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What is Accounting Equation – Meaning, Formula and Calculation with Example
17 November 2022
Regardless of the size of the company, financial statements are created using a basic accounting equation. For a uniform international framework, this accounting equation is utilised everywhere. What exactly is the accounting equation and what purpose does it serve? Read on to find out!
What is Accounting Equation?
The accounting equation, also known as the balance sheet equation, essentially shows the relation between a firm’s assets, liabilities and the shareholders’ or owner’s equity.
It displays how a company’s resources (displayed as assets on the balance sheet) are distributed. On the left side of the equation are the company’s assets and the liabilities and equity (the total claims against those assets) are on the right.
The equation shows that creditors or owners are responsible for providing all of a company’s resources – through liabilities and equity.
Importance of Accounting Equation
The basic accounting equation depicts the relationship between the three items on a balance sheet—assets, liabilities and equity. When everything else is equal, a company’s equity will rise along with its assets, and vice versa. Equity drops if liabilities increase. However, equity rises if liabilities decrease – such as by paying off debt. Modern accounting techniques are based on these fundamental ideas.
What is Assets, Liabilities and Shareholder’s Equity in Accounting Equation?
It’s essential to properly define assets, liabilities, and equity to calculate the accounting equation’s outcomes.
An asset is anything with an economic value over which your company owns. This includes cash, intangible assets (like patents and copyrights), and tangible assets (like real estate, equipment, inventory, etc.)
A liability is a monetary obligation that your company must fulfil. While some liabilities include debt, others are often a necessary component of your core business activities. This includes salaries, taxes, and payments for credit cards and/or leases.
Liabilities are generally of two types. Current liabilities, often known as short-term liabilities, are due within a year. Long-term liabilities have maturities that are at least a year away.
3. Shareholder’s Equity
The company’s overall value is expressed in monetary terms. In other words, the sum would be left over after the firm sold all of its assets and settled all of its debts.
Types of Accounting Equations
The various types of basic accounting equations are as follows:
1. Asset = Liability + Capital
This balance sheet equation shows that all of the assets held by the firm are either financed with owner’s equity or the amount that the company owes to third parties, such as suppliers or lenders.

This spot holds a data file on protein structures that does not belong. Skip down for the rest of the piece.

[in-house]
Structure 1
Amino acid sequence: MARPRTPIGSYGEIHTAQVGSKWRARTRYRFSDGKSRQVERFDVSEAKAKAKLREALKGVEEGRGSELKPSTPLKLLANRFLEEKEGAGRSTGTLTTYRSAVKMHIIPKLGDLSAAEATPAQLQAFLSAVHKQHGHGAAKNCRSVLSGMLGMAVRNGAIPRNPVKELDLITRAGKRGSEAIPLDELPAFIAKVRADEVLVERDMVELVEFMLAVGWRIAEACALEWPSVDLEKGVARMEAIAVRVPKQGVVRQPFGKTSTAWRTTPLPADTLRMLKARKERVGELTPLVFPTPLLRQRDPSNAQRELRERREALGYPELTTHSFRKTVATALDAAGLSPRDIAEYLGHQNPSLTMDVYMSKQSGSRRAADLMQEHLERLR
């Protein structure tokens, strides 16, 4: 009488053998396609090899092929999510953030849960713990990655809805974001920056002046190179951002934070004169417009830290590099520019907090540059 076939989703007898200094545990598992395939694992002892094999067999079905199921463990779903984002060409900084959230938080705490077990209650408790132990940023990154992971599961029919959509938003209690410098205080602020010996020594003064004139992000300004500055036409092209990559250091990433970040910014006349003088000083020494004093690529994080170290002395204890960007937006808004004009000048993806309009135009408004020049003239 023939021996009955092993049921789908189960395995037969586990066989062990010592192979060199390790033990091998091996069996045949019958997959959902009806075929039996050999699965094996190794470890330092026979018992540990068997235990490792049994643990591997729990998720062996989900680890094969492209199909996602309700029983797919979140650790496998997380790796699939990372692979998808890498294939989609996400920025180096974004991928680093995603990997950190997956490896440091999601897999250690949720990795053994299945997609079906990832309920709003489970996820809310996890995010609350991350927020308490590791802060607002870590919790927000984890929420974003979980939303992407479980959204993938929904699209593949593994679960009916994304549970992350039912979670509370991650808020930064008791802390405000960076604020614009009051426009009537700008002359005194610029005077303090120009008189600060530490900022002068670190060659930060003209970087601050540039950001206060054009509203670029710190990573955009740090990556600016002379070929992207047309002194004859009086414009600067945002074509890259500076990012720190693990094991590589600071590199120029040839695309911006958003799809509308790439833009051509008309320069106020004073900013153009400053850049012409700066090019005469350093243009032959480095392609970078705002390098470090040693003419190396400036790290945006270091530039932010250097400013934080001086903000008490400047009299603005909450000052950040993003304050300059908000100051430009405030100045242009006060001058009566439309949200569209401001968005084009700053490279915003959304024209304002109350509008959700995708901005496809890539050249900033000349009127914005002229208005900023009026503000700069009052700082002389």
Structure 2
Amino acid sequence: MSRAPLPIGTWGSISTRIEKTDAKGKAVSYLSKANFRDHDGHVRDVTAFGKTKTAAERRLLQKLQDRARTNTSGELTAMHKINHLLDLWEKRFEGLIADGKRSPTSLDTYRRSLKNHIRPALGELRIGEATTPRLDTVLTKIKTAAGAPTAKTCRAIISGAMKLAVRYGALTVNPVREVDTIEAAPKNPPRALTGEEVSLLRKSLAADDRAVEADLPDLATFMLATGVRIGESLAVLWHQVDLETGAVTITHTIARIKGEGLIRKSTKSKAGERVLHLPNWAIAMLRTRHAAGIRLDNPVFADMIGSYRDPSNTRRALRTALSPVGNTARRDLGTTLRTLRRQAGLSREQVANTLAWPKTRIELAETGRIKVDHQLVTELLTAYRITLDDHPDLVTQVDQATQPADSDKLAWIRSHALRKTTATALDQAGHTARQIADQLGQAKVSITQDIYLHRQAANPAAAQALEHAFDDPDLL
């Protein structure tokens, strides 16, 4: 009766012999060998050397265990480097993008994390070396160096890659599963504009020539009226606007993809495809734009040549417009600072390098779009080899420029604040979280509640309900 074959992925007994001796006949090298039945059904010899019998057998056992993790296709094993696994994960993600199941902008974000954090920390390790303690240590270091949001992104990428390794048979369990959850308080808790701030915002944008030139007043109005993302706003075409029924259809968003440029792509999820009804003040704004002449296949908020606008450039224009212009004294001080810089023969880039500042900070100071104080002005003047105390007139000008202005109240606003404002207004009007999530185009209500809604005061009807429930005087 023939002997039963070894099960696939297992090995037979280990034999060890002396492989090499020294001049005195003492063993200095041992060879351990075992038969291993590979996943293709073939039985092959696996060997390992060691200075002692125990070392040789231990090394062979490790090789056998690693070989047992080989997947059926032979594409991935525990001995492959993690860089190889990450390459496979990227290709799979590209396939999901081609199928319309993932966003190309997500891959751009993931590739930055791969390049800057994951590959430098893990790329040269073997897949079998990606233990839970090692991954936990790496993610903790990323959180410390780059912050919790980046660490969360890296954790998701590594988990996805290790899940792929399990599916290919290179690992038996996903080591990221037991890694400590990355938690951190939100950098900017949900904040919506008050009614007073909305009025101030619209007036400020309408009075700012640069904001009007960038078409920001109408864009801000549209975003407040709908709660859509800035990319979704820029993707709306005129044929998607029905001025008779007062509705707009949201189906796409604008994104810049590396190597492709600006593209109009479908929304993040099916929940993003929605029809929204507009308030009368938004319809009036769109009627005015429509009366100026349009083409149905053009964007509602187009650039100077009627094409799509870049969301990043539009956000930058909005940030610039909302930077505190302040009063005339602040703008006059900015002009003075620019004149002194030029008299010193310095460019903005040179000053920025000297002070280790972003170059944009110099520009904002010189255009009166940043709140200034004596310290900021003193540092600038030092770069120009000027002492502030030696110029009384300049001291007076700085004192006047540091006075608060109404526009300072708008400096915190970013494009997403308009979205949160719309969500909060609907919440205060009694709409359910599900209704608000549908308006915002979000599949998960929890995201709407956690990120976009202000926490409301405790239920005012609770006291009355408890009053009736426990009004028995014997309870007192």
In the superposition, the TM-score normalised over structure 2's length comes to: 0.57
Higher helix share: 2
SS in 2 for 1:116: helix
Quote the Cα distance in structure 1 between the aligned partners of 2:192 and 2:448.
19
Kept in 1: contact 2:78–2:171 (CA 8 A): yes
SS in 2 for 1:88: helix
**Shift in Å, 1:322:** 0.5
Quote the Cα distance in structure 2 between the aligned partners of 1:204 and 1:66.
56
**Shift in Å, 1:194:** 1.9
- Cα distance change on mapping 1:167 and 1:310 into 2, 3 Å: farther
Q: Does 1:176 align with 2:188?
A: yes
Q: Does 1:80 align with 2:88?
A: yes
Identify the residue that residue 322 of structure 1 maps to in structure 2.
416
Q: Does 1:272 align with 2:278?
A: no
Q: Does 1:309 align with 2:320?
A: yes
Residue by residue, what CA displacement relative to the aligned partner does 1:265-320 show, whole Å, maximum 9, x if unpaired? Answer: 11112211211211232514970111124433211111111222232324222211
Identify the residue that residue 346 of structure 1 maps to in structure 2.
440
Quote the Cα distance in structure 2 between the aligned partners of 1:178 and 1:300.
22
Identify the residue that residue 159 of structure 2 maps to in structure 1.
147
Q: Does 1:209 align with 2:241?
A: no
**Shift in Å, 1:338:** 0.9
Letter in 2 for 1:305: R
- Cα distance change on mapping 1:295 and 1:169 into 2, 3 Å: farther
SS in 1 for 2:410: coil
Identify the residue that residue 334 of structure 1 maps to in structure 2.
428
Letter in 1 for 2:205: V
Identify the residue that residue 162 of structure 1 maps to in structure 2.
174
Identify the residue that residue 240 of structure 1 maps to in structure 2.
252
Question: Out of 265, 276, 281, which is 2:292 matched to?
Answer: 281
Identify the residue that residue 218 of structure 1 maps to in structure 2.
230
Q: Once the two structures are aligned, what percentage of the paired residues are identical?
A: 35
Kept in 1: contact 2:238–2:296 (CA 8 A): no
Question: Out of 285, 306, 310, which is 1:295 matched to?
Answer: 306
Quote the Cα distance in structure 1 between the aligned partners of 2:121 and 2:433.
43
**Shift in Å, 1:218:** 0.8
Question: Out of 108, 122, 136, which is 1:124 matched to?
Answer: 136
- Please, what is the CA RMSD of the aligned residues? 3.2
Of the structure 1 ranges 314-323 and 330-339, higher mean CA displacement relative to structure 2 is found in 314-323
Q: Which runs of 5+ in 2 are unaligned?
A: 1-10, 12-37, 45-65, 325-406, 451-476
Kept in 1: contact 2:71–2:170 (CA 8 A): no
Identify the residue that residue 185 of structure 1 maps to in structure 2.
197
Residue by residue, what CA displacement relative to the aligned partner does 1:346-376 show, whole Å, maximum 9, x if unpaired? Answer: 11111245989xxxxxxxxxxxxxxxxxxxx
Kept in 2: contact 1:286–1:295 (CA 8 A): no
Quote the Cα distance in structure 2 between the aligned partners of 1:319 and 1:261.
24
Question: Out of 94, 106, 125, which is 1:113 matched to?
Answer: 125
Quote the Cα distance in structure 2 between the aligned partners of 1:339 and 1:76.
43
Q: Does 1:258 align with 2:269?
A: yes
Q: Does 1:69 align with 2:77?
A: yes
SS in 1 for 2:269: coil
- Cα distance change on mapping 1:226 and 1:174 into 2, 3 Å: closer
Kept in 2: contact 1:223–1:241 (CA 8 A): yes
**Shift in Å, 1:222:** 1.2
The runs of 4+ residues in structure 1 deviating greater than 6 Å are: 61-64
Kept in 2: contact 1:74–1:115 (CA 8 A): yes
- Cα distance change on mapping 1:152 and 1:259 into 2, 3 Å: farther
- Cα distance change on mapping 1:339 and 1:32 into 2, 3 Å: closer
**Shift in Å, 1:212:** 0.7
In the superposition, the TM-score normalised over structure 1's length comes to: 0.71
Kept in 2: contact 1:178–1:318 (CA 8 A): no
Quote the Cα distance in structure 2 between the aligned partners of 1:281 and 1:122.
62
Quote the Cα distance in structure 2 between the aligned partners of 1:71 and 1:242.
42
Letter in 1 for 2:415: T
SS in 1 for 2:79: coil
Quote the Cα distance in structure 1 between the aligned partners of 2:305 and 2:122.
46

2. Liabilities= Assets – Capital
The difference between the assets and the owner’s investment in the business is what the firm owes to its lenders and others.
Businesses can ensure that their financial accounts are balanced using this straightforward accounting equation formula. A balance sheet should always have a corresponding entry on the credit side for every entry made on the debit side.
Accounting Equation Calculation:
Based on a company’s balance sheet, the accounting equation is calculated in the following manner:
1. Consider a company’s value of assets from its balance sheet for a specific period
2. Consider the company’s total liabilities, which will be listed separately in the balance sheet
3. Add the total liabilities and total stockholders’ equity
4. The company’s assets will then equal the sum of its liabilities and equity
Examples of Calculating Accounting Equation
Consider the following accounting equation example of Rosé Ltd.
Rosé Ltd. made the following transactions in a particular year-
1. Purchased inventory worth Rs.50,000 from ABC suppliers.
2. Sold shares worth Rs.2 lakh to an investor
The transactions are as follows:
50,000 (payable to supplier)
Sample Accounting Equation Transactions
Rosé Ltd. purchases raw materials worth Rs.6000 on credit. This increases their assets by Rs.6000 and also their liabilities by Rs.6000. This can be shown as:
Rosé Ltd. purchases a machine worth Rs.50,000 using both cash and credit. They decide to pay Rs.25,000 using cash and the rest would be purchased on credit. As a result, the assets side will increase by Rs.50,000 but will also reduce by Rs.25,000 due to the cash payment. On the other hand, the liabilities side will also increase by Rs.25,000 due to the credit purchase. This can be shown as-